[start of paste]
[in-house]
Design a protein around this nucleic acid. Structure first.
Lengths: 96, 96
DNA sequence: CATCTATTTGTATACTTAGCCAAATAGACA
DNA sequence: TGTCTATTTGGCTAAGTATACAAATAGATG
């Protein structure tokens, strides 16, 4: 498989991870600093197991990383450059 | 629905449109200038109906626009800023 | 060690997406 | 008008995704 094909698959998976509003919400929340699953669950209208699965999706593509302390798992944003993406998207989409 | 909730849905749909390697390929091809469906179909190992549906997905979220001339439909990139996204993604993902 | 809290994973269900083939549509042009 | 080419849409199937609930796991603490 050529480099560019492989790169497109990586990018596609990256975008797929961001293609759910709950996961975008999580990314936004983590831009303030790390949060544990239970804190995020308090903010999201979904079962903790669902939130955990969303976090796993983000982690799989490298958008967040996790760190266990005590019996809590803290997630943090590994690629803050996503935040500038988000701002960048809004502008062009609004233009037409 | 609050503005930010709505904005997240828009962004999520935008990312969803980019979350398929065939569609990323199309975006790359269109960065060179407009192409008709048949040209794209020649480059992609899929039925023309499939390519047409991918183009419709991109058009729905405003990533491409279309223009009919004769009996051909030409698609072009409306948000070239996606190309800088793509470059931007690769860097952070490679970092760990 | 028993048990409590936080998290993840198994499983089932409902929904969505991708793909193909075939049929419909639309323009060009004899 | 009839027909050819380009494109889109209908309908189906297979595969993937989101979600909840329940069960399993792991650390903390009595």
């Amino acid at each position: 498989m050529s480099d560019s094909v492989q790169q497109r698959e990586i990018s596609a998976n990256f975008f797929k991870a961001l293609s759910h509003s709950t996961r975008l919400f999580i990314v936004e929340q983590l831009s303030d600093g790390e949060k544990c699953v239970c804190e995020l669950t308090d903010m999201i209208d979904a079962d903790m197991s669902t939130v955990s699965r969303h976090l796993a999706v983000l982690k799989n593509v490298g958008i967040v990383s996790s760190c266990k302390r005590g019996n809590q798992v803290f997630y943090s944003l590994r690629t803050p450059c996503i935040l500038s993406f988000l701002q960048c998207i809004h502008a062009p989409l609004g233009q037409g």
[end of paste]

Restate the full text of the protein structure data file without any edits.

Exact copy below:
[in-house]
Design a protein around this nucleic acid. Structure first.
Lengths: 96, 96
DNA sequence: CATCTATTTGTATACTTAGCCAAATAGACA
DNA sequence: TGTCTATTTGGCTAAGTATACAAATAGATG
């Protein structure tokens, strides 16, 4: 498989991870600093197991990383450059 | 629905449109200038109906626009800023 | 060690997406 | 008008995704 094909698959998976509003919400929340699953669950209208699965999706593509302390798992944003993406998207989409 | 909730849905749909390697390929091809469906179909190992549906997905979220001339439909990139996204993604993902 | 809290994973269900083939549509042009 | 080419849409199937609930796991603490 050529480099560019492989790169497109990586990018596609990256975008797929961001293609759910709950996961975008999580990314936004983590831009303030790390949060544990239970804190995020308090903010999201979904079962903790669902939130955990969303976090796993983000982690799989490298958008967040996790760190266990005590019996809590803290997630943090590994690629803050996503935040500038988000701002960048809004502008062009609004233009037409 | 609050503005930010709505904005997240828009962004999520935008990312969803980019979350398929065939569609990323199309975006790359269109960065060179407009192409008709048949040209794209020649480059992609899929039925023309499939390519047409991918183009419709991109058009729905405003990533491409279309223009009919004769009996051909030409698609072009409306948000070239996606190309800088793509470059931007690769860097952070490679970092760990 | 028993048990409590936080998290993840198994499983089932409902929904969505991708793909193909075939049929419909639309323009060009004899 | 009839027909050819380009494109889109209908309908189906297979595969993937989101979600909840329940069960399993792991650390903390009595």
């Amino acid at each position: 498989m050529s480099d560019s094909v492989q790169q497109r698959e990586i990018s596609a998976n990256f975008f797929k991870a961001l293609s759910h509003s709950t996961r975008l919400f999580i990314v936004e929340q983590l831009s303030d600093g790390e949060k544990c699953v239970c804190e995020l669950t308090d903010m999201i209208d979904a079962d903790m197991s669902t939130v955990s699965r969303h976090l796993a999706v983000l982690k799989n593509v490298g958008i967040v990383s996790s760190c266990k302390r005590g019996n809590q798992v803290f997630y943090s944003l590994r690629t803050p450059c996503i935040l500038s993406f988000l701002q960048c998207i809004h502008a062009p989409l609004g233009q037409g």